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Wining and Dining in Israel

Some 200 wineries exist in Israel.

The Bible mentions wine 212 times so it should come as no surprise that Israel would be a place with wineries in abundance. In fact wines were being produced in the Land of Israel some 2000 years before the vine ever arrived in France and Italy. Yet in 1948 there were only 19 wineries in Israel – all making sweet sacramental red wine, which has, of course, been subjected to countless jokes by wine connoisseurs over the ages. Israel has come a long way since then. Today, the quality and variety of Israel’s grapes are significant, the wines are dry and blended, and the vintners are starting to achieve international recognition. One of the most influential wine critics in the world, Robert Parker, has praised dozens of Israeli wines and quite a number of them have scored 90 points (out of a maximum 100) in his rating system.

shakshuka

Shakshuka is a North-African delicacy loved by Israelis

Israel produces over 33 million bottles of wine per year, and although that output is primarily the work of a few industrial-size wineries, there are over 200 wineries now operating in Israel. From the mountains to the coast and even in the desert, virtually all Israeli communities from large to small host a winery. Doing a tour of Israel’s “wine route” is a great way to see a different – and delicious – side of Israel.

In addition to wine, as you drive around Israel you are never far from a spice farm, boutique chocolate maker, dairy or other local farmer selling goat cheese, figs, dates, pomegranates and apples, olives (and olive oil), honey, date honey and any of the other excellent agricultural products the Land of Israel has to offer. There are also numerous excellent hummous eateries – and each Israeli has his favorite spots.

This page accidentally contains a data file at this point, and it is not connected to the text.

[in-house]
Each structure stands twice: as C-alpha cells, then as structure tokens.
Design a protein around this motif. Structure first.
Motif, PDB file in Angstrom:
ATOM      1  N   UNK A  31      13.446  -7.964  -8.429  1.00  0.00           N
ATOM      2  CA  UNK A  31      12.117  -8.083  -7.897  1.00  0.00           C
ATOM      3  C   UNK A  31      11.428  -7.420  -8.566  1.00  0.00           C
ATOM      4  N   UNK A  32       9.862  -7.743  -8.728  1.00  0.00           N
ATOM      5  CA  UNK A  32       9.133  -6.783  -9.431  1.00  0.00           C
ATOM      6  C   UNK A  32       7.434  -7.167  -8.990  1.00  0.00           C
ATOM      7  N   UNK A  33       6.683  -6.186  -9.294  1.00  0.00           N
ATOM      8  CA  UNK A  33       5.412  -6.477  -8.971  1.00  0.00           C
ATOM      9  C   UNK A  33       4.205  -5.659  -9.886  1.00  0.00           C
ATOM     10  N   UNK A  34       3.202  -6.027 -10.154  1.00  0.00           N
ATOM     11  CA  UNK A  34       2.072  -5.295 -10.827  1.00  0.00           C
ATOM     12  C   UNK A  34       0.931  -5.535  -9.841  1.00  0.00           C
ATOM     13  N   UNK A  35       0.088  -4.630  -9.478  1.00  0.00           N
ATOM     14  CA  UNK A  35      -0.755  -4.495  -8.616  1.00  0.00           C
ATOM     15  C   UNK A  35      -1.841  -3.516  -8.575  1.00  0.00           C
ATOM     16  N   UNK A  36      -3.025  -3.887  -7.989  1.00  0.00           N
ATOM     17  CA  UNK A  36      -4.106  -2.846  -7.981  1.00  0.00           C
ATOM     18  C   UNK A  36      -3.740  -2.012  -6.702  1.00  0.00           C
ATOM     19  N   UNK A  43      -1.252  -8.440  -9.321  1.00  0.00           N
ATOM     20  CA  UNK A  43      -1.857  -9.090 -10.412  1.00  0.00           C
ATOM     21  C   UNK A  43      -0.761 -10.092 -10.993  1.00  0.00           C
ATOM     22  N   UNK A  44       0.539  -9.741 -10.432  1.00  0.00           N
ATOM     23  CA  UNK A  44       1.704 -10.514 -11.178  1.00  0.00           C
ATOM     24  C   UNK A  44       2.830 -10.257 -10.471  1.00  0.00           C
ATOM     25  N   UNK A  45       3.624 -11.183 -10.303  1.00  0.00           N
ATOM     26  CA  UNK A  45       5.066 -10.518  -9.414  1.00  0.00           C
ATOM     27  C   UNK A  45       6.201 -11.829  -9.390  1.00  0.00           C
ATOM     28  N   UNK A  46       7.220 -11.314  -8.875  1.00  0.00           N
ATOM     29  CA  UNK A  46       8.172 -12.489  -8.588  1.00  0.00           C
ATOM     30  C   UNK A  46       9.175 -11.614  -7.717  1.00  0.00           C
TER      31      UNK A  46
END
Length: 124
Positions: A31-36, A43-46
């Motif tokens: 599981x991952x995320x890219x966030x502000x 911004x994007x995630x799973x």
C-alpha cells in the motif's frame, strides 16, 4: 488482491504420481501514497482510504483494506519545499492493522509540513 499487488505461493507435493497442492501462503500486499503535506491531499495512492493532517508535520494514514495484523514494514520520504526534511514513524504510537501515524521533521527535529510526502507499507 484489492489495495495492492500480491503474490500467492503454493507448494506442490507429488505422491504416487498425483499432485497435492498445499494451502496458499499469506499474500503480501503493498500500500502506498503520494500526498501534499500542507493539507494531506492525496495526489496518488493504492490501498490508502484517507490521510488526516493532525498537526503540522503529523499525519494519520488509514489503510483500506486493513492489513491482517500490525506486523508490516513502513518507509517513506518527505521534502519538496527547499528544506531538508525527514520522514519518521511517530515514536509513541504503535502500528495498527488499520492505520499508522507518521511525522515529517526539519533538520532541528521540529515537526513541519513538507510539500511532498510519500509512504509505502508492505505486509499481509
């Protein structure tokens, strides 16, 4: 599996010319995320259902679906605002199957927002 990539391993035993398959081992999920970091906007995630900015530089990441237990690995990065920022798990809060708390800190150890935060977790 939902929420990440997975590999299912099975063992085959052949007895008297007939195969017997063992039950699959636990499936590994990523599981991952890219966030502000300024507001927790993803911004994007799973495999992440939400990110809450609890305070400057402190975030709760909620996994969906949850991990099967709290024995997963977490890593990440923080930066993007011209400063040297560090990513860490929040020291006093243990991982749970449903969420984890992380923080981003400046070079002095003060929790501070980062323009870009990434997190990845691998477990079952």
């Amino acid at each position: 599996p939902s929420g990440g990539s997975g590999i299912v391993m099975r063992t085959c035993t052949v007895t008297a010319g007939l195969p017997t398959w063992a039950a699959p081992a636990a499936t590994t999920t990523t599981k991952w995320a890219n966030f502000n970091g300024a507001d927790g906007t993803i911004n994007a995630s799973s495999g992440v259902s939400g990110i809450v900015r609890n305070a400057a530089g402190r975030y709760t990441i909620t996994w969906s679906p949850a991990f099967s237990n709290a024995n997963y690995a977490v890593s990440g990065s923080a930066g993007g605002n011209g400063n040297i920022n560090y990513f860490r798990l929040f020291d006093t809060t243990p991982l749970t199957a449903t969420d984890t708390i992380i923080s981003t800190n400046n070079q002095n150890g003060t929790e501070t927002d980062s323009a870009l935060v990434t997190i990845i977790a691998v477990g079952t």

Israel also has a number of excellent restaurants, kosher and non-kosher. The best part about Israel’s food scene is that as Jews returned to Israel from all over the world, they brought their best culinary traditions with them. In addition, Israel’s minorities all have their own strong culinary traditions. As such there are ethnic restaurants highlighting the outstanding cuisines of such places as Morocco, Yemen, Ethiopia and India. Tours can also include festive traditional meals with the Arab, Bedouin, Circassian and Druze peoples. There are even restaurants which focus just on foods from the times of the Bible, providing a unique and delicious historical adventure.

Partake in a chocolate-making seminar at a boutique chocolate factory.

Israel also boasts several excellent fish restaurants with salt-water fish from the Mediterranean and Red Seas or fresh-water fish from Lake Kinneret, as well as numerous grilled meat restaurants – a favorite excursion for the average Israeli. No matter where your interests lie, Israel is a great place for a dining extravaganza. More information about the food of Israel.

As always, with any of the tours, you can mix and match things that interest you from any of the sites and ideas listed above along with any of the other tours listed on the rest of the website. Of course, I will always be there to help you put it all together, whatever you desire, into one incredible – and unforgettable – journey.

Here is an example of a one-day wining and dining tour I have led.

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